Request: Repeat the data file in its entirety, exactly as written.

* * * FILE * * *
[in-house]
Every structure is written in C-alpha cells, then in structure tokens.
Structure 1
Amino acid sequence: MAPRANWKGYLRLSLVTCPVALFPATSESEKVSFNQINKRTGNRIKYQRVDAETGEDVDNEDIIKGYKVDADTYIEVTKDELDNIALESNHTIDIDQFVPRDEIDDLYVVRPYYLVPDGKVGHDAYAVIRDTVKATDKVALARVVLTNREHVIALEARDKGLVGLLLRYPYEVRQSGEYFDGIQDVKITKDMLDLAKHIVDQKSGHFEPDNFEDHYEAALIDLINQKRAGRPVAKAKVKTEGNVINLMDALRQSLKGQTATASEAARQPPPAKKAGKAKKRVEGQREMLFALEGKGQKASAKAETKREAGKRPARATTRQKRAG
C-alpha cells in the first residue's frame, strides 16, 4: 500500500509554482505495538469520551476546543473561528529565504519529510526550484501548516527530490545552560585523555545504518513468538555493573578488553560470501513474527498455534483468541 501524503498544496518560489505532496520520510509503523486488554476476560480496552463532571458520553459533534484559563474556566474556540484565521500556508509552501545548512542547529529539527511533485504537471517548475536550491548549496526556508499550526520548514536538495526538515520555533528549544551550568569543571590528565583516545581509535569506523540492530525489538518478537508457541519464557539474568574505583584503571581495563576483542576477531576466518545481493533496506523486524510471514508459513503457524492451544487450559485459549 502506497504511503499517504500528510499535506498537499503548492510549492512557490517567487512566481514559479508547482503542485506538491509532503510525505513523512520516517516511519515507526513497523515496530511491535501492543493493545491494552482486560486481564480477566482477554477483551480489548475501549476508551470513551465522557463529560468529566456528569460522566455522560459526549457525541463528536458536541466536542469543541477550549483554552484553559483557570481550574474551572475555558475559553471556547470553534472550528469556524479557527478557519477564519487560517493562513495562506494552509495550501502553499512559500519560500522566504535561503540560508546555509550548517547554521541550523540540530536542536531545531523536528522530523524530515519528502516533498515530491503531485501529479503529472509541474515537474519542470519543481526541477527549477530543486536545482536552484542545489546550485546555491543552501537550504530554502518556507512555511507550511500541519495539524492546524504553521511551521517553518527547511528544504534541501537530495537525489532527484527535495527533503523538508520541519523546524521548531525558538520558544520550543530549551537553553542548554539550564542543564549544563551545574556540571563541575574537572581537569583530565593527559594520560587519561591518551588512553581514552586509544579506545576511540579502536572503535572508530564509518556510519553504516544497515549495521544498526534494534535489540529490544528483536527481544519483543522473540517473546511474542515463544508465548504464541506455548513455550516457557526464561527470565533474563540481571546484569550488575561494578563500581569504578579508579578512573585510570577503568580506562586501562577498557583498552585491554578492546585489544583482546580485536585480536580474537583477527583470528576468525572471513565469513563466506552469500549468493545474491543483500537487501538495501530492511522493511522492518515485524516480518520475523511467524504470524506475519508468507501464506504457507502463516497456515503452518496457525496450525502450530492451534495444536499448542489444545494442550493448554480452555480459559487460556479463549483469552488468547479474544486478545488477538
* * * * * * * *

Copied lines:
[in-house]
Every structure is written in C-alpha cells, then in structure tokens.
Structure 1
Amino acid sequence: MAPRANWKGYLRLSLVTCPVALFPATSESEKVSFNQINKRTGNRIKYQRVDAETGEDVDNEDIIKGYKVDADTYIEVTKDELDNIALESNHTIDIDQFVPRDEIDDLYVVRPYYLVPDGKVGHDAYAVIRDTVKATDKVALARVVLTNREHVIALEARDKGLVGLLLRYPYEVRQSGEYFDGIQDVKITKDMLDLAKHIVDQKSGHFEPDNFEDHYEAALIDLINQKRAGRPVAKAKVKTEGNVINLMDALRQSLKGQTATASEAARQPPPAKKAGKAKKRVEGQREMLFALEGKGQKASAKAETKREAGKRPARATTRQKRAG
C-alpha cells in the first residue's frame, strides 16, 4: 500500500509554482505495538469520551476546543473561528529565504519529510526550484501548516527530490545552560585523555545504518513468538555493573578488553560470501513474527498455534483468541 501524503498544496518560489505532496520520510509503523486488554476476560480496552463532571458520553459533534484559563474556566474556540484565521500556508509552501545548512542547529529539527511533485504537471517548475536550491548549496526556508499550526520548514536538495526538515520555533528549544551550568569543571590528565583516545581509535569506523540492530525489538518478537508457541519464557539474568574505583584503571581495563576483542576477531576466518545481493533496506523486524510471514508459513503457524492451544487450559485459549 502506497504511503499517504500528510499535506498537499503548492510549492512557490517567487512566481514559479508547482503542485506538491509532503510525505513523512520516517516511519515507526513497523515496530511491535501492543493493545491494552482486560486481564480477566482477554477483551480489548475501549476508551470513551465522557463529560468529566456528569460522566455522560459526549457525541463528536458536541466536542469543541477550549483554552484553559483557570481550574474551572475555558475559553471556547470553534472550528469556524479557527478557519477564519487560517493562513495562506494552509495550501502553499512559500519560500522566504535561503540560508546555509550548517547554521541550523540540530536542536531545531523536528522530523524530515519528502516533498515530491503531485501529479503529472509541474515537474519542470519543481526541477527549477530543486536545482536552484542545489546550485546555491543552501537550504530554502518556507512555511507550511500541519495539524492546524504553521511551521517553518527547511528544504534541501537530495537525489532527484527535495527533503523538508520541519523546524521548531525558538520558544520550543530549551537553553542548554539550564542543564549544563551545574556540571563541575574537572581537569583530565593527559594520560587519561591518551588512553581514552586509544579506545576511540579502536572503535572508530564509518556510519553504516544497515549495521544498526534494534535489540529490544528483536527481544519483543522473540517473546511474542515463544508465548504464541506455548513455550516457557526464561527470565533474563540481571546484569550488575561494578563500581569504578579508579578512573585510570577503568580506562586501562577498557583498552585491554578492546585489544583482546580485536585480536580474537583477527583470528576468525572471513565469513563466506552469500549468493545474491543483500537487501538495501530492511522493511522492518515485524516480518520475523511467524504470524506475519508468507501464506504457507502463516497456515503452518496457525496450525502450530492451534495444536499448542489444545494442550493448554480452555480459559487460556479463549483469552488468547479474544486478545488477538